Could this ruling have an impact on reproductive healthcare in Alabama?

The ruling could potentially impact fertility treatments and the freezing of embryos, which had previously been considered property by the courts.

“This ruling is stating that a fertilised egg, which is a clump of cells, is now a person. It really puts into question the practice of IVF,” Barbara Collura, CEO of Resolve: The National Infertility Association, told The Associated Press.

In a statement, Resolve described the decision as a “terrifying development for the 1-in-6 people impacted by infertility” who could be helped by in vitro fertilisation.

As an immediate result of the ruling, at least one Alabama fertility clinic has been instructed by their affiliated hospital to pause IVF treatment, according to Sean Tipton, a spokesman for the American Society for Reproductive Medicine.

Dr Paula Amato, president of the American Society for Reproductive Medicine, said a decision to treat frozen fertilised eggs as the legal equivalent of a child or gestating fetus could limit the availability of modern health care.

“No healthcare provider will be willing to provide treatments if those treatments may lead to civil or criminal charges,” Amato said.

“Without IVF, I would have to probably go through several more miscarriages before I even had an option of having a baby that is my own,” said 26-year-old Gabby Goidel, who had been pursuing IVF treatment in Alabama.

What is the ethical case?

While some Americans believe that embryos are children, many researchers, scientists, doctors and academics do not agree.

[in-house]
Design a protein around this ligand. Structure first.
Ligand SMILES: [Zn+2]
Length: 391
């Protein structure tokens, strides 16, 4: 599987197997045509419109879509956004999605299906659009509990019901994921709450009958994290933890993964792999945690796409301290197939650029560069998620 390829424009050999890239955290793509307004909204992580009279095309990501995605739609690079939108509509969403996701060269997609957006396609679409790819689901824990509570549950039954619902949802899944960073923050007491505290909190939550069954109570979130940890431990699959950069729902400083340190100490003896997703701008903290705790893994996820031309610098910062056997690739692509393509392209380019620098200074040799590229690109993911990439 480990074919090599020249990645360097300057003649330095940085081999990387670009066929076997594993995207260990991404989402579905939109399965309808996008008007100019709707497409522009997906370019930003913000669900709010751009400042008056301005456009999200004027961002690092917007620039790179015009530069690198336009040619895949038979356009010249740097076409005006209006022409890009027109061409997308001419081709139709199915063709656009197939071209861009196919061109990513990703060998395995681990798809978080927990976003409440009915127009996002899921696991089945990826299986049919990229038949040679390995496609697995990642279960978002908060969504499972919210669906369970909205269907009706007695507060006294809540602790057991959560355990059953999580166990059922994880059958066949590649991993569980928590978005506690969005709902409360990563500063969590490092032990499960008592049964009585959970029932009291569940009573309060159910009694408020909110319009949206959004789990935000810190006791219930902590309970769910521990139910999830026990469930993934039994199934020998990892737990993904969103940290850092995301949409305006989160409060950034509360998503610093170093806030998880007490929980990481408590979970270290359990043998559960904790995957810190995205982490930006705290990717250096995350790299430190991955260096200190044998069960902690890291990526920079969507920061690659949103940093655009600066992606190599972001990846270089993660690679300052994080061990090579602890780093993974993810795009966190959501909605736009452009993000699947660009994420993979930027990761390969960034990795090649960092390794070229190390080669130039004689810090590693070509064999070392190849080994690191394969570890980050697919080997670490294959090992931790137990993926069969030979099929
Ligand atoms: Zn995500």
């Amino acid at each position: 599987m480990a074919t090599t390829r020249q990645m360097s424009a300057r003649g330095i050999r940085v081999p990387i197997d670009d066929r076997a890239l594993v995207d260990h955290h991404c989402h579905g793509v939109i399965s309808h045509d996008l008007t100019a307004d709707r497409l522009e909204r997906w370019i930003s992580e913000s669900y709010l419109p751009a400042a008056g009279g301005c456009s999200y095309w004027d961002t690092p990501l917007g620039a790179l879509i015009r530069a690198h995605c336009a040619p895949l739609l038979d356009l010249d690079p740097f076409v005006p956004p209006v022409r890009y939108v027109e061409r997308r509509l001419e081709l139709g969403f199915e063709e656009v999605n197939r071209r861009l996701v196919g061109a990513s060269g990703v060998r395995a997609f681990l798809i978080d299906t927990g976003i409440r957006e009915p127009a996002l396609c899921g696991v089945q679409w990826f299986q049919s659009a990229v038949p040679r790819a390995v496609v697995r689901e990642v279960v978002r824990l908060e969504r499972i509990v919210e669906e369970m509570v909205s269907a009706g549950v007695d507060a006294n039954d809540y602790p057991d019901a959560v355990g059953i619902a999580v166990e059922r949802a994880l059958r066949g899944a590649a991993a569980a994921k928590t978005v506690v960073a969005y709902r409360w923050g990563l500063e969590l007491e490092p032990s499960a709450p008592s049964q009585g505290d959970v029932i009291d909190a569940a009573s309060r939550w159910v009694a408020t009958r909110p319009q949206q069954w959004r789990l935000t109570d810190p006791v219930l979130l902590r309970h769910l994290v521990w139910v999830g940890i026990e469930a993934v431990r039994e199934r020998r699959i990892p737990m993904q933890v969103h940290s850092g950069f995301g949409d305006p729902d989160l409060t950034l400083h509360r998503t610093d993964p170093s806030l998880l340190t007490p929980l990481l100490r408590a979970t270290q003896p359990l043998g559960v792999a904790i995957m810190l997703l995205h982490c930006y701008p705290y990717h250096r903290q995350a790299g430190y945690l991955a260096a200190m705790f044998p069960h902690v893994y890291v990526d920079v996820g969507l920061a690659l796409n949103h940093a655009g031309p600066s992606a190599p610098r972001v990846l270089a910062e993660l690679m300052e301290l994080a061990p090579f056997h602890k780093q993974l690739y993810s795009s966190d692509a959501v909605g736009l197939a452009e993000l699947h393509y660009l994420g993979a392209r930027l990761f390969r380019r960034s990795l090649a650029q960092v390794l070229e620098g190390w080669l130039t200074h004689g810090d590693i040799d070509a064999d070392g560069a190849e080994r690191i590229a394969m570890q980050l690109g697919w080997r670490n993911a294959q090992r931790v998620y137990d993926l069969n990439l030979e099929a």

Ethics studies assert that what makes us human is our brain, which gives us consciousness. “The fertilised egg is a clump of cells with no brain,” wrote Michael S Gazzaniga, a cognitive neuroscience professor at Dartmouth College, in his book The Ethical Brain.

Gazzaniga added that no sustainable or complex nervous system is in place until about six months of gestation.

Jonathan Crane, a professor of bioethics and Jewish thought at the Center for Ethics at Emory University in Atlanta, Georgia, said in an interview with an Ohio publication in 2018 that embryos are not equivalent to humans and can develop into fetuses only inside the uterus.

How have reproductive healthcare laws affected other states?

After Roe v Wade was overturned, 24 US states had enacted laws designed to ban all or nearly all abortions by January 2023. In North Dakota and Wisconsin, abortion is not available at all, according to the Guttmacher Institute, a global research organisation for reproductive rights.

While the overturning of Roe v Wade brought a storm of abortion bans across the US, it did not affect the legality of IVF procedures, which remain legal in all states, including Alabama, for now.

However, this latest ruling is likely to cause confusion and reignite discussions about whether IVF should be restricted, experts said.

White House spokesperson Karine Jean-Pierre said the Alabama ruling is “exactly the type of chaos that we expected when the Supreme Court overturned Roe v Wade and paved the way for politicians to dictate some of the most personal decisions families can make”.